Given the role personal charisma plays in their day jobs, you might suppose rock stars possess qualities that easily translate to the screen. David Bowie, for instance, has always been an arresting actor, although he never seems to be trying very hard. Mick Jagger has been effective in some roles, risible in others, but he's always watchable. Bob Dylan's range is limited, but he made a good "Alias" in Sam Peckinpah's Pat Garrett & Billy the Kid. Kris Kristofferson, Steve Earle and Tom Waits are legitimately good character actors despite their established public personas.
Pete Doherty, of the Libertines and Babyshambles, is a British rock star who's probably best known on this side of the Atlantic as the former fiance and drug buddy of supermodel Kate Moss. In 2011 he was recruited to play the lead in Sylvie Verheyde's Confession of a Child of the Century, a French film based on the autobiographical 1836 novel Confession d'un Enfant du Siecle by poet Alfred de Musset.
Confession of a Child of the Century
85 Cast: Pete Doherty, Charlotte Gainsbourg, Lily Cole, August Diehl, Volker Bruch
Director: Sylvie Verheyde
Rating: Not rated
Running time: 120 minutes
When that film played at the Cannes Film Festival in 2012 it was roundly mocked, probably because it was conducted in English -- apparently a concession to Doherty, who apparently has little French -- and because it seemed to take most of its dialogue directly from de Musset's translated prose, which caused the actors to have to declaim lines such as "nothing is beyond romance, except for the pain that is killing me every day" and "You understand, madam, that I am the greatest libertine in all Paris!" The European critics, they were not so kind, which goes a long way to explaining why the film never, until today, opened in the United States.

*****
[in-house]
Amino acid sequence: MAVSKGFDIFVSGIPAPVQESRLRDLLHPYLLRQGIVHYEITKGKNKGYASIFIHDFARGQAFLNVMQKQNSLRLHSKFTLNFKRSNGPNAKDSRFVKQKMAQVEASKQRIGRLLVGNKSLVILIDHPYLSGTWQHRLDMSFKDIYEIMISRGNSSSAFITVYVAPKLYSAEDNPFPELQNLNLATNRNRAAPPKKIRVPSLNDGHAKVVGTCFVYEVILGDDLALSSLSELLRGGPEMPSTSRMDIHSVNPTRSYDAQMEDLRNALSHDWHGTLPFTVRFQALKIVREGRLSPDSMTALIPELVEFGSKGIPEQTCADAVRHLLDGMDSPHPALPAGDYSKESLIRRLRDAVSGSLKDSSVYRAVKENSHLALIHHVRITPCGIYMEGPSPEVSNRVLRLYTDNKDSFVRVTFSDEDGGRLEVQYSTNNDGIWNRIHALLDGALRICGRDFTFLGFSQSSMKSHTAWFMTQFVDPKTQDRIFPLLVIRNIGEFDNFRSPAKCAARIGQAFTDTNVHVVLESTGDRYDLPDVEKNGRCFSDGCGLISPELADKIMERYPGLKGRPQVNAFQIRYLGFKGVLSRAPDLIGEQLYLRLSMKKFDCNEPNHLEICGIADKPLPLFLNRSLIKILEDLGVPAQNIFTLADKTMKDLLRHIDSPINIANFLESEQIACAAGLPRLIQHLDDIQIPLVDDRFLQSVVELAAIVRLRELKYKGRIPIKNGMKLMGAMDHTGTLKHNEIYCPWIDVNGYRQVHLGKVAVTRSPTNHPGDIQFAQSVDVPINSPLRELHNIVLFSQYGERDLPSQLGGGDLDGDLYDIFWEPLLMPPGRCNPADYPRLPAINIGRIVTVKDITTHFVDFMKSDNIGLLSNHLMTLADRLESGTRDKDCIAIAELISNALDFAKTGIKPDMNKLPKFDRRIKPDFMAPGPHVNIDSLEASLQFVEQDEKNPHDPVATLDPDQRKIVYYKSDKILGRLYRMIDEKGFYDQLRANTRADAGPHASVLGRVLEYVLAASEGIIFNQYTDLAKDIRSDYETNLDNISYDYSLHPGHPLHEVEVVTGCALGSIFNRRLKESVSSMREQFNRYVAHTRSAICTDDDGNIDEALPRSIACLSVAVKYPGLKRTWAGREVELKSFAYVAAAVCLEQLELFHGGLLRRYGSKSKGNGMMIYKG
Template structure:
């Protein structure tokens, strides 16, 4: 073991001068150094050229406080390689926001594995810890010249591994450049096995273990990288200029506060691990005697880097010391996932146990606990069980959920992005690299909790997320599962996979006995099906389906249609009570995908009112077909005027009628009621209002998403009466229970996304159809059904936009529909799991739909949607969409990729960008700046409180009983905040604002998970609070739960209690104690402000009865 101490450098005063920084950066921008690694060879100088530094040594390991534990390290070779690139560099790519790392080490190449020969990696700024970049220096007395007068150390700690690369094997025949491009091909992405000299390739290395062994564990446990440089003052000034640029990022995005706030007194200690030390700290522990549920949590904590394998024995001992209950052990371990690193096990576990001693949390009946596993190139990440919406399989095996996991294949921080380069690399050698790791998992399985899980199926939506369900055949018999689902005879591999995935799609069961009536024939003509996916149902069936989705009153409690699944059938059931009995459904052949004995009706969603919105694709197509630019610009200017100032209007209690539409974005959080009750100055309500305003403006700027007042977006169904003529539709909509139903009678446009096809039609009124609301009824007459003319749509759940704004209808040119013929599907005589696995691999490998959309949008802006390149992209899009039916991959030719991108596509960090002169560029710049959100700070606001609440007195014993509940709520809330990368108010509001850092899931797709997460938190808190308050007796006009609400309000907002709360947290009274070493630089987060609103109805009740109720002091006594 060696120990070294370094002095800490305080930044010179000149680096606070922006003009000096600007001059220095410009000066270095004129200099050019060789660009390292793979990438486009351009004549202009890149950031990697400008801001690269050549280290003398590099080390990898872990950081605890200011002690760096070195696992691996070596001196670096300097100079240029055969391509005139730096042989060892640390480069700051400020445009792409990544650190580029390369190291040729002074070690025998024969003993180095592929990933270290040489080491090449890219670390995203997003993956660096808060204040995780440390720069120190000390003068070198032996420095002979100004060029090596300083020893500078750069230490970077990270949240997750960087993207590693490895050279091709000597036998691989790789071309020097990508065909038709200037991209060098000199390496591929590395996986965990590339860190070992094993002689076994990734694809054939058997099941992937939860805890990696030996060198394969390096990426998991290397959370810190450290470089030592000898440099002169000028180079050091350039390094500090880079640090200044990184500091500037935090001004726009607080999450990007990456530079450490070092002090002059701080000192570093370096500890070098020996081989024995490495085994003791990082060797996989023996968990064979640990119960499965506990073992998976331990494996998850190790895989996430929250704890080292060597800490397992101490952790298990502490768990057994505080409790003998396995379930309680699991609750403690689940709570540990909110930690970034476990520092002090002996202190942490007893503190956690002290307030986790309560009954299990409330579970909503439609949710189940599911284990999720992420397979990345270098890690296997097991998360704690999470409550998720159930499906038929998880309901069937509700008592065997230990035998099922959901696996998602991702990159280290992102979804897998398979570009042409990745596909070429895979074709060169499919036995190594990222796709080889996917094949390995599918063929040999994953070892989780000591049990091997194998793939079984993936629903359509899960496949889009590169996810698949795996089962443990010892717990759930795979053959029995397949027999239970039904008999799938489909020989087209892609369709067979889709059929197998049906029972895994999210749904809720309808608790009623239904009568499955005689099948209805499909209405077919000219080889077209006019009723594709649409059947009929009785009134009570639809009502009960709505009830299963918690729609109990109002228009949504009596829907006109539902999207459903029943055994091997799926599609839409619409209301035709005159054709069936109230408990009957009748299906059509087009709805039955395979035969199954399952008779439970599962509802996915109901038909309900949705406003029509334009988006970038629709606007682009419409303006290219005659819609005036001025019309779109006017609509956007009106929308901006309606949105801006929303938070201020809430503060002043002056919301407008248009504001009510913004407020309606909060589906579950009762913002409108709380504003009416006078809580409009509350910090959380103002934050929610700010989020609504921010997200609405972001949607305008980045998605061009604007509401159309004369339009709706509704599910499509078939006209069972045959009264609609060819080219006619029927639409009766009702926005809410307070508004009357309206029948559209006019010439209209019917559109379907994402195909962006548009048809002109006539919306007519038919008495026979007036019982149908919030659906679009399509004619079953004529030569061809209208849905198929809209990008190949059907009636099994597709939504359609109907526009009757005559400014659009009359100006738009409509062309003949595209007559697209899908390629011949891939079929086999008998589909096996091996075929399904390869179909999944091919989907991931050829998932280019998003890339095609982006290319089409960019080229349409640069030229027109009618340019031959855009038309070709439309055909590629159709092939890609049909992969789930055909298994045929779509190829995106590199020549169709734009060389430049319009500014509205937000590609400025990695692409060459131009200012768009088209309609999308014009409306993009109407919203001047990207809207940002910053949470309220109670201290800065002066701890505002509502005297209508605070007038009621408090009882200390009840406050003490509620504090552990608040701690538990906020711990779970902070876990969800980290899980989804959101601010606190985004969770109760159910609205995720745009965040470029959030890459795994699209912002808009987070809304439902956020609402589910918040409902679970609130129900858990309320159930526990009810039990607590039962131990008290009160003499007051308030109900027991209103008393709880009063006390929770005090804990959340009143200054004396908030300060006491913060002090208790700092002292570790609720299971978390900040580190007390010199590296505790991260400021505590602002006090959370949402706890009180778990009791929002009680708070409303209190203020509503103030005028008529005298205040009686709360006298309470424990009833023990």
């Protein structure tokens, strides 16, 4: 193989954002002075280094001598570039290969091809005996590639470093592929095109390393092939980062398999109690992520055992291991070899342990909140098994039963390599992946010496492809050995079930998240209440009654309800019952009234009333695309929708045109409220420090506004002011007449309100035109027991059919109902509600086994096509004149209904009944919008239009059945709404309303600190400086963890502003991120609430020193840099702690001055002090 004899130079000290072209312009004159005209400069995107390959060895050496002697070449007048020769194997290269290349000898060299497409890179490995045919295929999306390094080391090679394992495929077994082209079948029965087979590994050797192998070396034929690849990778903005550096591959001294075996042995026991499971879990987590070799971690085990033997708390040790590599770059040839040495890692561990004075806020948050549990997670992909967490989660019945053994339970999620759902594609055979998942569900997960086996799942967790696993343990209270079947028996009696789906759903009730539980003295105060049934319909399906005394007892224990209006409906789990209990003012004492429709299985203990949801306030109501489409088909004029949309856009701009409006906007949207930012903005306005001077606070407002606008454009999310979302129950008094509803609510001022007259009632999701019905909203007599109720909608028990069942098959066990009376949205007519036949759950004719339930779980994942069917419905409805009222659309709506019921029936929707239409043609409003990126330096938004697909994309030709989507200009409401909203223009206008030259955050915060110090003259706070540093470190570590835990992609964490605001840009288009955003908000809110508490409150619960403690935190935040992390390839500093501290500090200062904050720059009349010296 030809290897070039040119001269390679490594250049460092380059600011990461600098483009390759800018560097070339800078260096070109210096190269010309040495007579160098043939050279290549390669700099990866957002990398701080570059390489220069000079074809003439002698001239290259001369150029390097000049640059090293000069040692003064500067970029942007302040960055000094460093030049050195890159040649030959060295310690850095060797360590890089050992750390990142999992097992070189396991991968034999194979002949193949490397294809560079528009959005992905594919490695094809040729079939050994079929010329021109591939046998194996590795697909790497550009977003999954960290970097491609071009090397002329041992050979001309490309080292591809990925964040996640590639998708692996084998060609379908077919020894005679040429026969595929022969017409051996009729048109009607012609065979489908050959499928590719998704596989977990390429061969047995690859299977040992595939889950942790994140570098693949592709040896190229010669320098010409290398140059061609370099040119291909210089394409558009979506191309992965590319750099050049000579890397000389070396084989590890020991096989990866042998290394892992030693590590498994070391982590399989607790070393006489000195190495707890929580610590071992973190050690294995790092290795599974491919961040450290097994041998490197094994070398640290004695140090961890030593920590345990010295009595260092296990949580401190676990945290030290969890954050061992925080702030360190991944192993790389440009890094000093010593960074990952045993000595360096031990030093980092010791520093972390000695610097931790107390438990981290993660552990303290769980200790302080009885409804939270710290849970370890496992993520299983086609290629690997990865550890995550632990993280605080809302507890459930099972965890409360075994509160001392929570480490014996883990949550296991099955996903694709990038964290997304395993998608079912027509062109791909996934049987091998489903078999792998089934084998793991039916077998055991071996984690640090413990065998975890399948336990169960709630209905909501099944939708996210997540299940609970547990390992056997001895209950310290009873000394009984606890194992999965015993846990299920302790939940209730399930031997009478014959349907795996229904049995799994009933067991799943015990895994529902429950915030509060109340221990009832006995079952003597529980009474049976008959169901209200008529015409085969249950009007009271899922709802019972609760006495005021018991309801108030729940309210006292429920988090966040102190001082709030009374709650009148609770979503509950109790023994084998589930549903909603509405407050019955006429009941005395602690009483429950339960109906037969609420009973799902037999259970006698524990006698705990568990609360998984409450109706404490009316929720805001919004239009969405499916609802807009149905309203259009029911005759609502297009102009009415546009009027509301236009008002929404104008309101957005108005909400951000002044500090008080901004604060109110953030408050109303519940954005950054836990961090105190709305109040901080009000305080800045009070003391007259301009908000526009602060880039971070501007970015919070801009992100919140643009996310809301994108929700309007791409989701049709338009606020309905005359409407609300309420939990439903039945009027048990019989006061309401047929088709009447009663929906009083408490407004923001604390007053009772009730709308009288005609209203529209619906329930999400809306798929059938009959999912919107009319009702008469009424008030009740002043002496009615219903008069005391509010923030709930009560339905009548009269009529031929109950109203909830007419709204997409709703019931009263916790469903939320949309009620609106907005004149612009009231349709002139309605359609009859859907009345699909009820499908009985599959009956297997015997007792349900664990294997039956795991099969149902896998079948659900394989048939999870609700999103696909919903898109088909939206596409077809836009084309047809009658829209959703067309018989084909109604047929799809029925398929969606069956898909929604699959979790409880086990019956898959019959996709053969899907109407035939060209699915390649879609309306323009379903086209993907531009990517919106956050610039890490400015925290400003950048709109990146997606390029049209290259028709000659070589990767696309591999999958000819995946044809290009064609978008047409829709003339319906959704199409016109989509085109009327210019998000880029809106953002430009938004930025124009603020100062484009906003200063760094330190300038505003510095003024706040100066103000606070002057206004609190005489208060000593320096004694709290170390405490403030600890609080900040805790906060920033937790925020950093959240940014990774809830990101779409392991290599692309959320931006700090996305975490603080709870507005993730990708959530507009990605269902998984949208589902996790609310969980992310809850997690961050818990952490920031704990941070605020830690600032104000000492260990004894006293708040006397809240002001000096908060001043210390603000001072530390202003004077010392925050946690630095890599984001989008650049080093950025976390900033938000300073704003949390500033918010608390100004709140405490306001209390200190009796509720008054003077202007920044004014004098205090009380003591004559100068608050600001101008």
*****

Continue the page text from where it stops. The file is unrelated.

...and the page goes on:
But if you know nothing about Doherty or his reputation (or his insinuation that during filming he and co-star Charlotte Gainsbourg began an affair corresponding to the one conducted onscreen, an indiscretion she didn't quite deny), then you might receive Confession of a Child of the Century as an interesting period romance, albeit one sprinkled with anachronistic behavior. In a way, the whole movie feels like the time Ringo Starr showed up as a sunglassed pope in Ken Russell's remarkably wacky Lisztomania.
That's to say it's odd, but it's not bad, though it will probably wear thin pretty quickly for all but the most epicurean moviegoers. It's set in the early 19th century where Octave (Doherty), a young aristocrat, throws himself into a life of licentiousness in Paris after learning that his mistress (Lily Cole) has been unfaithful to him. After his father dies, Octave moves to the country, where he falls in monogamous love with provincial widow Brigitte (Gainsbourg) who initially resists him but eventually moves with him to Paris.
Relative to the way romantic heroes are conventionally portrayed in period pieces, Doherty is a bit mumbly and method -- his acting style, if it can be called that, is thoroughly modern. But so is Gainsbourg, whose languor suggests a '60s Rolling Stone girlfriend. It almost feels as though Verheyde has intentionally cut and pasted a hipster couple into a convincingly dim and smoky production with a fetish for accuracy. The atmospheric cinematography, set design and costumes are all excellent, and the end credits are graced by "Bird Cage," Doherty's acoustic duet with Suzi Martin with lyrics by the late Amy Winehouse.
Another layer is added when you consider that de Musset's Confession was largely about his affair with Amantine-Lucile-Aurore Dupin, the writer better known as George Sand. (And it has been filmed before -- Juliette Binoche played Sand and Benoit Magimel played de Musset in 1999's Children of the Century.)
It all adds up to a curiosity, which isn't likely to make much of an impact with an incurious public. But if you're intrigued, Confession is worth a couple of hours.
MovieStyle on 09/25/2015